Transitioning Pullets to Outdoors

Discussion in 'Managing Your Flock' started by Cream City Chick, Oct 27, 2011.

  1. Cream City Chick

    Cream City Chick Out Of The Brooder

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    May 28, 2010
    Milwaukee
    Hi there,

    I have two Easter Egger pullets from My Pet Chicken. They were hatched on August 15th so are just over 8 weeks and fully feathered and happy / healthy. Right now they are in my basement which is about 65 degrees. I would like to transition them to their outdoor coop but am not sure how much temperature change they can take. I have been putting them outside when it is around 50 during the day and bringing them in at night.

    Current temperatures outside is about 45 during the day and just to freezing at night.

    They will be in a stagecoach (http://www.chickenmobilestagecoach.com) outside. So the evenings will be draft-free but not insulated. There will only be two of them so not alot of mass huddle heat.

    Is it ok to put them outside permanently?

    Thanks for any / all input!!
     
  2. LilQtBear

    LilQtBear Chillin' With My Peeps

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    Sep 10, 2011
    Oregon
    I don't think I trasistion mine slowely or even how your supposed to but this is what I do....first couple weeks there in my house with heat lamp then in a big outdoor brooder that's 8 feet long with heat lamp on one side, eventually heat lamp is off during day on at night....then just off on warmer (ish) nights...to fully off
     
  3. Cream City Chick

    Cream City Chick Out Of The Brooder

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    May 28, 2010
    Milwaukee
    Thanks for the quick response. Just nervous because I have only raised spring chicks so have gotten them to transition out during nice warm weather [​IMG]

    I dont really have the right setup to supply supplemental heat out in the coop.
     
  4. ChickenCanoe

    ChickenCanoe Chicken Obsessed

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    Nov 23, 2010
    St. Louis, MO
    The sooner you transition them the more comfy they'll be. Fully feathered they can handle cold. If you wait it will be colder when you make the move and it will be even harder on them.
    I have eight 5 week olds outside (unheated building) now with only a heat lamp at night. It's 47 now, 50s during the day and getting into the 30s tonight but they've been out there from day 1 with a single heat lamp in a 4' X 4' space and they weaned themselves pretty quick.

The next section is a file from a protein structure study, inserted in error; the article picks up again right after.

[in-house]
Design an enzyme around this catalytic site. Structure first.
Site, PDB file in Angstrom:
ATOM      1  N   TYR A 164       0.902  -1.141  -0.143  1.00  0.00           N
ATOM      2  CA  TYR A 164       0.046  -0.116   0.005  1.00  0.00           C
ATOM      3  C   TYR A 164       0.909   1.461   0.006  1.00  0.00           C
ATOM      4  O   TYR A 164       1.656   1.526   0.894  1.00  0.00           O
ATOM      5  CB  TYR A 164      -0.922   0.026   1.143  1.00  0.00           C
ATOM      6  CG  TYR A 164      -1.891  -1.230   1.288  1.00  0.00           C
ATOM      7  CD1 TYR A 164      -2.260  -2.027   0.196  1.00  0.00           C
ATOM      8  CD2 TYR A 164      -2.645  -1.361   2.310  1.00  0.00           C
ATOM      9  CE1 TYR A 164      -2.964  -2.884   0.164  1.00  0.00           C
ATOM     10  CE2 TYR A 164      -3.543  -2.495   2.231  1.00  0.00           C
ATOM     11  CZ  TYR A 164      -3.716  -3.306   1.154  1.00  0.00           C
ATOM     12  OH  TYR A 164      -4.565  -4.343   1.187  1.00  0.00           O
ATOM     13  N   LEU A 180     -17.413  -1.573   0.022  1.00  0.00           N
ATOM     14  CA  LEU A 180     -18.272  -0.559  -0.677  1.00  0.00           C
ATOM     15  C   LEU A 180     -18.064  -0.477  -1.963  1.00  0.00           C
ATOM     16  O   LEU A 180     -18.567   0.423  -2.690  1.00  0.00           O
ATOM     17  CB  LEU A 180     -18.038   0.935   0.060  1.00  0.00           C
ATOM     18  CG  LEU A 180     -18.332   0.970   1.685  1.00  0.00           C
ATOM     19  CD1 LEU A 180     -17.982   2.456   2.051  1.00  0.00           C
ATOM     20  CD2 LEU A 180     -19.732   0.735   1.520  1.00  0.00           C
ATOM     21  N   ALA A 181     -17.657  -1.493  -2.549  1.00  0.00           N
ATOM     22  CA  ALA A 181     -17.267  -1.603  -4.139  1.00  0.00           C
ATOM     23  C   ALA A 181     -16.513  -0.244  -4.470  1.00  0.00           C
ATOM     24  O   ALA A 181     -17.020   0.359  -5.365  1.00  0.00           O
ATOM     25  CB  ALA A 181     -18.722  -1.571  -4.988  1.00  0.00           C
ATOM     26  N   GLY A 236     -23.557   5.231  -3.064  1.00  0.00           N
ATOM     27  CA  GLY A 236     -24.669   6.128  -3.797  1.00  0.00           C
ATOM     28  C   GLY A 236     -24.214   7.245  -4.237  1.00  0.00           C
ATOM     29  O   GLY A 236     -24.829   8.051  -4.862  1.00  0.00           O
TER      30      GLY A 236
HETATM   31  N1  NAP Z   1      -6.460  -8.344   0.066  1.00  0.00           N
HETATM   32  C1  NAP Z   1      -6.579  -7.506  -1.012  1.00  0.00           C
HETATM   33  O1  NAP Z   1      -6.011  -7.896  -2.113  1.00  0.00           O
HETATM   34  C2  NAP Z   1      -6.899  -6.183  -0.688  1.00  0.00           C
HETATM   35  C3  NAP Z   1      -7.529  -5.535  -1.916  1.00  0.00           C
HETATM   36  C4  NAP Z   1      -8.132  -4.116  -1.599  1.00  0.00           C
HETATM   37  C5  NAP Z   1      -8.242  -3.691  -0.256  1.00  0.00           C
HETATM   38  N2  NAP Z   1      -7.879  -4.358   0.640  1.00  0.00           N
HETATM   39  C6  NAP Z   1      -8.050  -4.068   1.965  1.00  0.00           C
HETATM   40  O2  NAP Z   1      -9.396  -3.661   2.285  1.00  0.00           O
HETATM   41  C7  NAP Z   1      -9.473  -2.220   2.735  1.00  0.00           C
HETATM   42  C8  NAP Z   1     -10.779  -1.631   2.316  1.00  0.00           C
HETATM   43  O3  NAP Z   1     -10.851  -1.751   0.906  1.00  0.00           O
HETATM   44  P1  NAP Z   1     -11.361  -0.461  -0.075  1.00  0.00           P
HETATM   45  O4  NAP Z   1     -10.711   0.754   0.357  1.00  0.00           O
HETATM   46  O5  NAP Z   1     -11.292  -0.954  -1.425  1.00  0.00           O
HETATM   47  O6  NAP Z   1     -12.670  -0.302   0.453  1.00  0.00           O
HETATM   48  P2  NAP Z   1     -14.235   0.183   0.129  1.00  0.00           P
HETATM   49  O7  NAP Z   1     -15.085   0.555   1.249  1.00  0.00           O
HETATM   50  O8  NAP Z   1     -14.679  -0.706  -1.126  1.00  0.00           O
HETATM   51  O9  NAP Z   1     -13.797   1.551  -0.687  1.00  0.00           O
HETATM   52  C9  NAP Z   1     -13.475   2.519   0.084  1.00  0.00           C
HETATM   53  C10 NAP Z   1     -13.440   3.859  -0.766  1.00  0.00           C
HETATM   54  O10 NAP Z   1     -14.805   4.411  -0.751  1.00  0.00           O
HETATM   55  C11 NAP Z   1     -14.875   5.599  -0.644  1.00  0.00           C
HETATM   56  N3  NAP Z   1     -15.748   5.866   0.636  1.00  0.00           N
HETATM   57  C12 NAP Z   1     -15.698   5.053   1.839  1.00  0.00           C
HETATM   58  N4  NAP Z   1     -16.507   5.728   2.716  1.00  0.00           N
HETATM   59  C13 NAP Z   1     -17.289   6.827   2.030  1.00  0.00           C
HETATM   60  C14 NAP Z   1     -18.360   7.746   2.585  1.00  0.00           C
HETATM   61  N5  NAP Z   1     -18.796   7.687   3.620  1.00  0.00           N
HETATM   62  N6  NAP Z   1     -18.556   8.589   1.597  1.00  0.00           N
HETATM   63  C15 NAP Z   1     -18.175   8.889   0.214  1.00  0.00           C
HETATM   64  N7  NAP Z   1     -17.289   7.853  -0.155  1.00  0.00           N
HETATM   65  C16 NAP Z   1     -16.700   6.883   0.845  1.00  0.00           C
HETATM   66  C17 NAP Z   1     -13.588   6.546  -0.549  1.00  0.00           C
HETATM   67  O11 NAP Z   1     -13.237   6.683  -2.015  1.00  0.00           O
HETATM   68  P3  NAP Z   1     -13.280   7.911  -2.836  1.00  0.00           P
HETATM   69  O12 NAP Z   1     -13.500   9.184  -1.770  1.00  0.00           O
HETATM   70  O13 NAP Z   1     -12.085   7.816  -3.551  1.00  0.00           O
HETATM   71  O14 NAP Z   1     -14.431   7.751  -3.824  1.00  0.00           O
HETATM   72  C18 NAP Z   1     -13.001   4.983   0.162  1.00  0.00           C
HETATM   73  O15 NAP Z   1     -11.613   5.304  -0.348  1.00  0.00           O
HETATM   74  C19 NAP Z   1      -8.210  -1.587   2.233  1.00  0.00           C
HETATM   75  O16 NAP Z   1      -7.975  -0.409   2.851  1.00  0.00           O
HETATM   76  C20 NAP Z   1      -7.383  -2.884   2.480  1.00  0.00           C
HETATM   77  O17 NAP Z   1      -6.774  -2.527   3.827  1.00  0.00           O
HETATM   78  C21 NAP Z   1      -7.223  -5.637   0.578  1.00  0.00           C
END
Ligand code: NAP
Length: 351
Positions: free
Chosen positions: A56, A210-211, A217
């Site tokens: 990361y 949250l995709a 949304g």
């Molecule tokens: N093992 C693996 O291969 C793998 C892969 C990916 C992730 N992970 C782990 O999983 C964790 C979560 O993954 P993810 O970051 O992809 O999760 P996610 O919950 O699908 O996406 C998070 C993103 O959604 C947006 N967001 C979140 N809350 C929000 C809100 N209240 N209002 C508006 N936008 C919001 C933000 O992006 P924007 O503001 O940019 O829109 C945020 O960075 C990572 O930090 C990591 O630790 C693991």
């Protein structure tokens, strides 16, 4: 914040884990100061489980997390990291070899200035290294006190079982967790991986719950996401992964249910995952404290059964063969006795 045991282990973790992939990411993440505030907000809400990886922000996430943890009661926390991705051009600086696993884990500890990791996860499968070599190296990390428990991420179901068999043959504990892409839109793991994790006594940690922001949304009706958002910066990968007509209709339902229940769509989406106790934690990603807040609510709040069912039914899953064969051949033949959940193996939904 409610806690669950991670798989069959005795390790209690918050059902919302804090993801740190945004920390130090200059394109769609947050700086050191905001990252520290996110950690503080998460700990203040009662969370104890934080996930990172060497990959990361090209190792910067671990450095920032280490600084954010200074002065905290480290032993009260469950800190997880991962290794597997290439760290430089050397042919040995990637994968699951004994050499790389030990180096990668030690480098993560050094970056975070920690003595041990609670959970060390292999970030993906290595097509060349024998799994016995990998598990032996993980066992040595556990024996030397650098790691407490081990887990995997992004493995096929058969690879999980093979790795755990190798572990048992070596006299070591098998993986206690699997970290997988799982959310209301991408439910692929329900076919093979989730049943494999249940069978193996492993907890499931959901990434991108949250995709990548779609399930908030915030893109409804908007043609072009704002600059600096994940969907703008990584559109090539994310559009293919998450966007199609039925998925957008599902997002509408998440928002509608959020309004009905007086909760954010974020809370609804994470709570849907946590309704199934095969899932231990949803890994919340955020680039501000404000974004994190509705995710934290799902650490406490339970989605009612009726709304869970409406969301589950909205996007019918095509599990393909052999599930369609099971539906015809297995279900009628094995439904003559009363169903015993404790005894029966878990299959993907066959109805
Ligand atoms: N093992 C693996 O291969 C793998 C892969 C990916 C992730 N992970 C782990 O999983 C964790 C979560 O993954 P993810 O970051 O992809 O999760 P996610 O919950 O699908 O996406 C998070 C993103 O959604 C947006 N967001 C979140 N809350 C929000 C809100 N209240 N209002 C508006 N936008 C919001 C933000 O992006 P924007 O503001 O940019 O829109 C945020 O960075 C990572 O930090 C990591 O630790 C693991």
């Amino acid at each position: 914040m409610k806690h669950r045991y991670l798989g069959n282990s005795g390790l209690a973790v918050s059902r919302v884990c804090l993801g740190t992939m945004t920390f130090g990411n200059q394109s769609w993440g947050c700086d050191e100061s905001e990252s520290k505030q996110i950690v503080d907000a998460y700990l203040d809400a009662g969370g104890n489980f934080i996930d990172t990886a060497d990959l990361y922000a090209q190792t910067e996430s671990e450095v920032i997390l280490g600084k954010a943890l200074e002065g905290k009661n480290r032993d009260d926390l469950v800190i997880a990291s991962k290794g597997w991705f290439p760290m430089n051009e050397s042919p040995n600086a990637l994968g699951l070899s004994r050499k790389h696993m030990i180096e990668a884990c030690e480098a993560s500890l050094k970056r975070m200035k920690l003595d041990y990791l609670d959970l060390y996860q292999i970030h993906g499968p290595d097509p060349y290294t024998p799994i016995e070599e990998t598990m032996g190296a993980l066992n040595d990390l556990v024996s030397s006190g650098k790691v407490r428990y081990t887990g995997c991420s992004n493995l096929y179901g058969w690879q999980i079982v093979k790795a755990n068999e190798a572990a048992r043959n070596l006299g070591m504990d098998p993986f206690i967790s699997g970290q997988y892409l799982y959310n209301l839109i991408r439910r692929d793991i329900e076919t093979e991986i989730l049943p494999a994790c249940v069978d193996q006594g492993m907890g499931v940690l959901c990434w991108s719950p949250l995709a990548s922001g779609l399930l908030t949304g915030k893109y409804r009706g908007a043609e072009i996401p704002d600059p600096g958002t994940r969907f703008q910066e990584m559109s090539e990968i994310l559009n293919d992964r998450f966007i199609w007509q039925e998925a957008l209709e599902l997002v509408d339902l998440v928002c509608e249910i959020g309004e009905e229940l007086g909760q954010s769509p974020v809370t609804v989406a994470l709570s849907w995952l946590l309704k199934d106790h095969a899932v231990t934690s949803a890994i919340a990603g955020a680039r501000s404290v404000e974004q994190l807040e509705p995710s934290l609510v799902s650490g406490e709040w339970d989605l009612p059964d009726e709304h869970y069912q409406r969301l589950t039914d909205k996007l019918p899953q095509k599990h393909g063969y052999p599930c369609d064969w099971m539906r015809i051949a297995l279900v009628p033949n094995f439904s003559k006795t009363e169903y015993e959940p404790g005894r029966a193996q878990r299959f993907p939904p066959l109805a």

I never put chicks in the house unless I only have 1 or 2. A heat lamp(or 2) in an outbuilding is all they need. I just provide a warm spot and plenty of cool space so they can find their comfort zone.
     
    Last edited: Oct 27, 2011
  5. Cream City Chick

    Cream City Chick Out Of The Brooder

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    May 28, 2010
    Milwaukee
    OK - I think I will just have to bite the bullet and do it. As with most things - this will probably be more stressful on me than it will on the birds.

    Thanks for youre advice [​IMG]
     
  6. Fred's Hens

    Fred's Hens Chicken Obsessed Premium Member

    It isn't going to get any warmer, so take the plunge. They will be fine. The cold nights this time of year serve Nature's purpose. Just as the mammals all grow shaggy winter coats, so too the chicken's will be forced to "feather up" and produce good down to keep themselves warm. By the time real winter comes, they will be HUGE and very fluffy. They will do just fine.

    Got your roosts in order so that can sleep side by side?
     
  7. Cream City Chick

    Cream City Chick Out Of The Brooder

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    May 28, 2010
    Milwaukee
    The roosts are all set up. It will be just the two of them huddling. I have 4 others that are about 6 months old. The other four are in a separate "stagecoach". There just isnt enough room in one stagecoach for all 6 chickens - and I would be afraid of these littler ones getting picked on and unable to get away in such a small space.

    I probably just have to follow the rule of going by how the chicken is acting to tell if its to cold for them to tolerate. Active, eating, running, scratching = good. Puffed up and sitting still = bad.
     

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